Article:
The trial court entered summary judgment dismissing the action. The sole issue on appeal is whether the appellant is entitled to compensation from the city for a damaging *874 or taking of his property under Const. Art. 1, § 16 (amendment 9).

Appellant contends that there existed factual issues which could not be determined adversely to him as a matter of law. The claimed factual issue is whether or not there was an unreasonable interference with appellant's ingress and egress.

A diagram of the area entered as an exhibit, showing the traffic markers in question, conclusively demonstrates that the markers were designed to warn, regulate, guide and facilitate traffic entering the intersection. It is also apparent from the diagram that there was no physical barrier to appellant's access, and that vehicles on Roosevelt Way were not prevented from driving onto or leaving his property.

[1] This court, in Walker v. State, 48 Wn. (2d) 587, 590, 295 P. (2d) 328 (1956), held that the owner of a motel was not entitled to compensation when the state installed a center-line curb preventing tourists from making left-hand turns onto the motel property which abutted the highway. The court said:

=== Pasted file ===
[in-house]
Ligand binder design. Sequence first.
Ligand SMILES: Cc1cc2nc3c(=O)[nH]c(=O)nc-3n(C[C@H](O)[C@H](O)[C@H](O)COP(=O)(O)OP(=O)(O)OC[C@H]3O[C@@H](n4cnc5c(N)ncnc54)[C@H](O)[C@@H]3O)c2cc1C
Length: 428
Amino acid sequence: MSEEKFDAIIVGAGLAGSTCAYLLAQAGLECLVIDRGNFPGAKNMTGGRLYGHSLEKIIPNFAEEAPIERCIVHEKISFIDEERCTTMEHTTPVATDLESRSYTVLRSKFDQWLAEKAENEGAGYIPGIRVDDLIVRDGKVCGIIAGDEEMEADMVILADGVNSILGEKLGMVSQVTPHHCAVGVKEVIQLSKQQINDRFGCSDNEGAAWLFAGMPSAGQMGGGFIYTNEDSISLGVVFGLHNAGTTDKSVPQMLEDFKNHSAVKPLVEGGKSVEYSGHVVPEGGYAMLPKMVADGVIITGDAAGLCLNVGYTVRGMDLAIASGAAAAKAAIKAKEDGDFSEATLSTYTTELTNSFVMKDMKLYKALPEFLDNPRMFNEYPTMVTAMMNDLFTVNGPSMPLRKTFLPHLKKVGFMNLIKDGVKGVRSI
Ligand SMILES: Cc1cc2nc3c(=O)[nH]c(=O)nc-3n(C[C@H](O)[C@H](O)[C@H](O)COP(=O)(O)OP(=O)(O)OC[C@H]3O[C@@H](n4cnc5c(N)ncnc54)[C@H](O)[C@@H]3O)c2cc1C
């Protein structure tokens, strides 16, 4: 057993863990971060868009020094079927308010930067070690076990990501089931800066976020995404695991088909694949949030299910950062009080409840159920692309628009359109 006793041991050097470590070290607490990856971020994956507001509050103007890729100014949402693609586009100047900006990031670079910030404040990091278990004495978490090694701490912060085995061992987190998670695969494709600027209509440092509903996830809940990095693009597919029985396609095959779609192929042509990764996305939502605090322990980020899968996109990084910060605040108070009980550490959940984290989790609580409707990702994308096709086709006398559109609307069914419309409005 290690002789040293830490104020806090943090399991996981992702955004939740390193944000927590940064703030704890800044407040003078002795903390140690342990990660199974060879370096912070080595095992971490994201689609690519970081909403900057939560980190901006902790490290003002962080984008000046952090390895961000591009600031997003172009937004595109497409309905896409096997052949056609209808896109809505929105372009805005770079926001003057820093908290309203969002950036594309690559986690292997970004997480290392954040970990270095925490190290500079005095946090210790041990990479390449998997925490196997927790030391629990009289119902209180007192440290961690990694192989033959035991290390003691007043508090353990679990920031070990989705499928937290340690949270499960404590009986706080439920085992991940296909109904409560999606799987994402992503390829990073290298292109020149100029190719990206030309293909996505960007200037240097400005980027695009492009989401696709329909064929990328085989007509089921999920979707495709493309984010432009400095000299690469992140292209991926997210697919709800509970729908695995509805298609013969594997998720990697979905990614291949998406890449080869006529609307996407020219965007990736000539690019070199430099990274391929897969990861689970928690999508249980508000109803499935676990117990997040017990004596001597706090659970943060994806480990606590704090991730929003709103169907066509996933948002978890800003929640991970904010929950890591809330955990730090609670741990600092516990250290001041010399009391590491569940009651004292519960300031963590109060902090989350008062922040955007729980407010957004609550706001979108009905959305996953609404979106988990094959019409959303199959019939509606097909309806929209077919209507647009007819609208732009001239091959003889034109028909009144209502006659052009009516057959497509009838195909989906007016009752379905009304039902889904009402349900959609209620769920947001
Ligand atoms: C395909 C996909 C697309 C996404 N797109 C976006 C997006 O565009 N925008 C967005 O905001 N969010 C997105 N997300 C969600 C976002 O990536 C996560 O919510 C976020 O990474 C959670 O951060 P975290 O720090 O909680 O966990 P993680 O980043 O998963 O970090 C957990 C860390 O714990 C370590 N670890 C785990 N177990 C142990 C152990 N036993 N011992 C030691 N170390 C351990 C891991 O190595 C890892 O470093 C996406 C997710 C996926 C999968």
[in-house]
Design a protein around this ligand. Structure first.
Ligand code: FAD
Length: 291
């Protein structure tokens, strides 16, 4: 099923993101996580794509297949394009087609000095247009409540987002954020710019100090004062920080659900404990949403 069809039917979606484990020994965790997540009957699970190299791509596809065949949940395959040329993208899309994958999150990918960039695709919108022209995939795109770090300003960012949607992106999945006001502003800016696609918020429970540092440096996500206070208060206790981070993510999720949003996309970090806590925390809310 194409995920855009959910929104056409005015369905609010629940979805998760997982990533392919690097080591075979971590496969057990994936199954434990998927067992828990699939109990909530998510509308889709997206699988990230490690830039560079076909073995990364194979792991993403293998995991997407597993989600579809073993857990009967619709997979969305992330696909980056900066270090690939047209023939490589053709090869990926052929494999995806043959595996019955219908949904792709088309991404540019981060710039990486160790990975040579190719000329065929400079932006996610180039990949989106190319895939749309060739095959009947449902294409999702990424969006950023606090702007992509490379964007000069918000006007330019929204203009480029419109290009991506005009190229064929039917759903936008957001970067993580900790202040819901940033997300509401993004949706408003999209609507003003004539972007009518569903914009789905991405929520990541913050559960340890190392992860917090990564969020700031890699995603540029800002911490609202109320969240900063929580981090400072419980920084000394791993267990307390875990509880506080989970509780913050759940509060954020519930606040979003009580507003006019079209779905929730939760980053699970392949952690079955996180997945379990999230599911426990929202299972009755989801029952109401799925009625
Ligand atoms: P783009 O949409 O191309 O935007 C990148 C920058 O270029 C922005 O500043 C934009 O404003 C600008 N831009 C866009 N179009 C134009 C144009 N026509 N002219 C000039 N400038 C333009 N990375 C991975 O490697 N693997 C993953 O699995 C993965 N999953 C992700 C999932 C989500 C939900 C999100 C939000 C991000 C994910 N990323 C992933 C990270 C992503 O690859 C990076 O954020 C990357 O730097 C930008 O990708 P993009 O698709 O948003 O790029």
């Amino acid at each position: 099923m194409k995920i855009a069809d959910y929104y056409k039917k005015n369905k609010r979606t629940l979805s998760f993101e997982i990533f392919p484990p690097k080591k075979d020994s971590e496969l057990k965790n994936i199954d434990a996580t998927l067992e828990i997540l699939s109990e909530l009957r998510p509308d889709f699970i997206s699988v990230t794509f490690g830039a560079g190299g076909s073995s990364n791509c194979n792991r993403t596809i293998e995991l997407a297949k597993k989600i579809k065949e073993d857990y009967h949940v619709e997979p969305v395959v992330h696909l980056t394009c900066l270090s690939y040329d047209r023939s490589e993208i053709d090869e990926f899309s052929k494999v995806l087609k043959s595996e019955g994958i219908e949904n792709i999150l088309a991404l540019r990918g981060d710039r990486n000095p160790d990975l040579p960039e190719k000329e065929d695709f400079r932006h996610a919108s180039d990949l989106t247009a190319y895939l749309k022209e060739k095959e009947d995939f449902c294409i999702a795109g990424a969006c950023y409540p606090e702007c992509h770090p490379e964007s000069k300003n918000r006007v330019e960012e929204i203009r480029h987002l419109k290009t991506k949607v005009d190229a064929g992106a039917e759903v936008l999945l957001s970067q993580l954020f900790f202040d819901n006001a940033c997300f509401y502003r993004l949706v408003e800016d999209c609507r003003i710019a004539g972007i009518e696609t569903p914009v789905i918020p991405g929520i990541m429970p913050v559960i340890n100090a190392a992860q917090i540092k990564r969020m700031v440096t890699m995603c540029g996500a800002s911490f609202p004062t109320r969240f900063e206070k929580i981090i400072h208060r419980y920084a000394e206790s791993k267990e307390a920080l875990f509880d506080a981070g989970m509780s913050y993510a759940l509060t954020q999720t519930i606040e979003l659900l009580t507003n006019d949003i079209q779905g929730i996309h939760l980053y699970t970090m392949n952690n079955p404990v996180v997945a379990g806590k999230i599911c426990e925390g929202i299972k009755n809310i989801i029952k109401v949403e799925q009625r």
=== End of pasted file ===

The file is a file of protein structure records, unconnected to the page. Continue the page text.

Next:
"Plaintiffs have no property right in the continuation or maintenance of the flow of traffic past their property. They still have free and unhampered ingress and egress to their property. Once on the highway, to which they have free access, they are in the same position and subject to the same police power regulations as every other member of the traveling public. Plaintiffs, and every member of the traveling public subject to traffic regulations, have the same right of free access to the property from the highway. Re-routing and diversion of traffic are police power regulations. Circuity of route, resulting from an exercise of the police power, is an incidental result of a lawful act. It is not the taking or damaging of a property right.

"We have found no authority, nor has any been called to our attention, which allows, to the abutting property owner, damages allegedly arising from statutes or ordinances (a) establishing one-way streets; (b) forbidding `U' and left turns; or (c) authorizing the use of other suitable traffic-control devices deemed necessary by the proper authorities to warn, regulate, and guide traffic upon public thoroughfares.